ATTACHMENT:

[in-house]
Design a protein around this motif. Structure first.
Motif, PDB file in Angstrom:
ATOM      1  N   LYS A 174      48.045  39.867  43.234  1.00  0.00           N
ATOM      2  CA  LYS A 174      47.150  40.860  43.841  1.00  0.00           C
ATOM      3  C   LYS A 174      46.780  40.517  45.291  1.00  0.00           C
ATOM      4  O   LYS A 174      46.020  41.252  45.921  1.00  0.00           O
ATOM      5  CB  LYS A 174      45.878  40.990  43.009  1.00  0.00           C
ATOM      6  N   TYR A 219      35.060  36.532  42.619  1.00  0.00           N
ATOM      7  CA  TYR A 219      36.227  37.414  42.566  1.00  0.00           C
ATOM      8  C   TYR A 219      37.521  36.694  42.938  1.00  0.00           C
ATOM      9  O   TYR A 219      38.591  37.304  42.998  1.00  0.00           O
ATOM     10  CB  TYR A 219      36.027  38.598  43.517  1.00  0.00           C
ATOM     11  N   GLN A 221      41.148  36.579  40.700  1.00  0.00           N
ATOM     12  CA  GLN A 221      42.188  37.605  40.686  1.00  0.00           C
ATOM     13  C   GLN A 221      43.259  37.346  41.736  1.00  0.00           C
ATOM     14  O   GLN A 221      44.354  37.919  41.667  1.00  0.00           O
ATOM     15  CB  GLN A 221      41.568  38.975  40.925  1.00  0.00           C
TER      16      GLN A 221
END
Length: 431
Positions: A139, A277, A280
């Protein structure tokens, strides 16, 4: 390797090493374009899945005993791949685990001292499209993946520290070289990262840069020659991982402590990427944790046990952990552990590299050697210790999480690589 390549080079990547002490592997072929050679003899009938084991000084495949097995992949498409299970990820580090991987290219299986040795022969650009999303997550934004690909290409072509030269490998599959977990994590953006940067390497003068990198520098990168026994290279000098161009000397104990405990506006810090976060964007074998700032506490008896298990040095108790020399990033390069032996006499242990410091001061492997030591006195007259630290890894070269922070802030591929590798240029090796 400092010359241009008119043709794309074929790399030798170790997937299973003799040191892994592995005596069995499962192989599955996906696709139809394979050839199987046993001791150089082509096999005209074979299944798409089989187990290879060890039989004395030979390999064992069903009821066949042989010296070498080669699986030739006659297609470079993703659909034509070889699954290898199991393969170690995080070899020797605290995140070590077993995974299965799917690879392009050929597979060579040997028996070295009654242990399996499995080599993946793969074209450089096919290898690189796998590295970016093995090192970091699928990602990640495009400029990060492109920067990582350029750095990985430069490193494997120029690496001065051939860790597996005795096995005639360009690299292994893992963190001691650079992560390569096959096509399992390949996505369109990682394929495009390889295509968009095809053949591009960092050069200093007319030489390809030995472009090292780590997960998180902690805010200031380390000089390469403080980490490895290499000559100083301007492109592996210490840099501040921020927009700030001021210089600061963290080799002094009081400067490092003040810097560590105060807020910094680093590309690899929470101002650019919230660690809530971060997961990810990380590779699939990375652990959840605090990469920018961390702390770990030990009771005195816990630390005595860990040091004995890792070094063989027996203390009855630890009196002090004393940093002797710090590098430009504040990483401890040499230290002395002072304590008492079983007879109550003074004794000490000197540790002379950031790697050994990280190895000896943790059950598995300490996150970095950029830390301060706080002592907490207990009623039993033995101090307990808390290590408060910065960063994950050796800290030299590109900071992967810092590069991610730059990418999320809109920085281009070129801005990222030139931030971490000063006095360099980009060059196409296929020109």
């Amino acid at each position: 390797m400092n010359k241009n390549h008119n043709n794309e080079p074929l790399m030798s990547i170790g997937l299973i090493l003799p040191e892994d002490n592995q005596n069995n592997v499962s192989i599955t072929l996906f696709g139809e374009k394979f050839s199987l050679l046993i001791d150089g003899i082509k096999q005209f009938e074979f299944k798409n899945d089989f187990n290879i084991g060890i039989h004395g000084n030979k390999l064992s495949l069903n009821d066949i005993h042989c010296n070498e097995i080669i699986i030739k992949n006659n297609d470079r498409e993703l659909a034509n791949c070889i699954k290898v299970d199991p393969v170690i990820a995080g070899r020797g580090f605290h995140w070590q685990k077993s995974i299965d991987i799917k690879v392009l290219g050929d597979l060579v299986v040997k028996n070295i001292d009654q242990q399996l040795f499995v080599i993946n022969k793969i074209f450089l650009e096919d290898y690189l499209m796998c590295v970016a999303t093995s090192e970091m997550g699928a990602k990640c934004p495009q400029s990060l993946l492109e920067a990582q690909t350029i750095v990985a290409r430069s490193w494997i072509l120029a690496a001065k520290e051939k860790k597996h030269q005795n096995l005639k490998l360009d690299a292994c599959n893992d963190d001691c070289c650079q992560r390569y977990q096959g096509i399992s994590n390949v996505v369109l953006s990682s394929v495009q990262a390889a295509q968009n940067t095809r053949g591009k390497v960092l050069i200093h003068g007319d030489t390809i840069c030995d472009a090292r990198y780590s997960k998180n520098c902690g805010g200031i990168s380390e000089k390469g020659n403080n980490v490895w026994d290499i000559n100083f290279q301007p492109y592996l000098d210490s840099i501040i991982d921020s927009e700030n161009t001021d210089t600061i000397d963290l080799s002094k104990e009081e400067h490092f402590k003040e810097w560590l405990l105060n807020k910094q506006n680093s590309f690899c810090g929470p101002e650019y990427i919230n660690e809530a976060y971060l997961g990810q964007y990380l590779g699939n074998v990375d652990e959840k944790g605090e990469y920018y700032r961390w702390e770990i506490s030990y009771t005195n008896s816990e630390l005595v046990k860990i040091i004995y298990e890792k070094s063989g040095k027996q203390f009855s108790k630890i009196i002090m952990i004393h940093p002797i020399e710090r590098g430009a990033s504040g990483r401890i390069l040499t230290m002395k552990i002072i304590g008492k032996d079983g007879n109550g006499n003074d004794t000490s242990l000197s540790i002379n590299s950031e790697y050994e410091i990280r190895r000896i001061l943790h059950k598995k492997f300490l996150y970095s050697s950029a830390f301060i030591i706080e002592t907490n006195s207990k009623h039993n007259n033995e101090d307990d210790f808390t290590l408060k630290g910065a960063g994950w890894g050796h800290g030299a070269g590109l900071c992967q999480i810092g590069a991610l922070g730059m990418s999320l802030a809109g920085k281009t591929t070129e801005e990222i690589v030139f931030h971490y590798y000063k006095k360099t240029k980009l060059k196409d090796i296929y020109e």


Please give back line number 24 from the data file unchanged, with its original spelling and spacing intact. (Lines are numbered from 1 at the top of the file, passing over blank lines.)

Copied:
């Amino acid at each position: 390797m400092n010359k241009n390549h008119n043709n794309e080079p074929l790399m030798s990547i170790g997937l299973i090493l003799p040191e892994d002490n592995q005596n069995n592997v499962s192989i599955t072929l996906f696709g139809e374009k394979f050839s199987l050679l046993i001791d150089g003899i082509k096999q005209f009938e074979f299944k798409n899945d089989f187990n290879i084991g060890i039989h004395g000084n030979k390999l064992s495949l069903n009821d066949i005993h042989c010296n070498e097995i080669i699986i030739k992949n006659n297609d470079r498409e993703l659909a034509n791949c070889i699954k290898v299970d199991p393969v170690i990820a995080g070899r020797g580090f605290h995140w070590q685990k077993s995974i299965d991987i799917k690879v392009l290219g050929d597979l060579v299986v040997k028996n070295i001292d009654q242990q399996l040795f499995v080599i993946n022969k793969i074209f450089l650009e096919d290898y690189l499209m796998c590295v970016a999303t093995s090192e970091m997550g699928a990602k990640c934004p495009q400029s990060l993946l492109e920067a990582q690909t350029i750095v990985a290409r430069s490193w494997i072509l120029a690496a001065k520290e051939k860790k597996h030269q005795n096995l005639k490998l360009d690299a292994c599959n893992d963190d001691c070289c650079q992560r390569y977990q096959g096509i399992s994590n390949v996505v369109l953006s990682s394929v495009q990262a390889a295509q968009n940067t095809r053949g591009k390497v960092l050069i200093h003068g007319d030489t390809i840069c030995d472009a090292r990198y780590s997960k998180n520098c902690g805010g200031i990168s380390e000089k390469g020659n403080n980490v490895w026994d290499i000559n100083f290279q301007p492109y592996l000098d210490s840099i501040i991982d921020s927009e700030n161009t001021d210089t600061i000397d963290l080799s002094k104990e009081e400067h490092f402590k003040e810097w560590l405990l105060n807020k910094q506006n680093s590309f690899c810090g929470p101002e650019y990427i919230n660690e809530a976060y971060l997961g990810q964007y990380l590779g699939n074998v990375d652990e959840k944790g605090e990469y920018y700032r961390w702390e770990i506490s030990y009771t005195n008896s816990e630390l005595v046990k860990i040091i004995y298990e890792k070094s063989g040095k027996q203390f009855s108790k630890i009196i002090m952990i004393h940093p002797i020399e710090r590098g430009a990033s504040g990483r401890i390069l040499t230290m002395k552990i002072i304590g008492k032996d079983g007879n109550g006499n003074d004794t000490s242990l000197s540790i002379n590299s950031e790697y050994e410091i990280r190895r000896i001061l943790h059950k598995k492997f300490l996150y970095s050697s950029a830390f301060i030591i706080e002592t907490n006195s207990k009623h039993n007259n033995e101090d307990d210790f808390t290590l408060k630290g910065a960063g994950w890894g050796h800290g030299a070269g590109l900071c992967q999480i810092g590069a991610l922070g730059m990418s999320l802030a809109g920085k281009t591929t070129e801005e990222i690589v030139f931030h971490y590798y000063k006095k360099t240029k980009l060059k196409d090796i296929y020109e």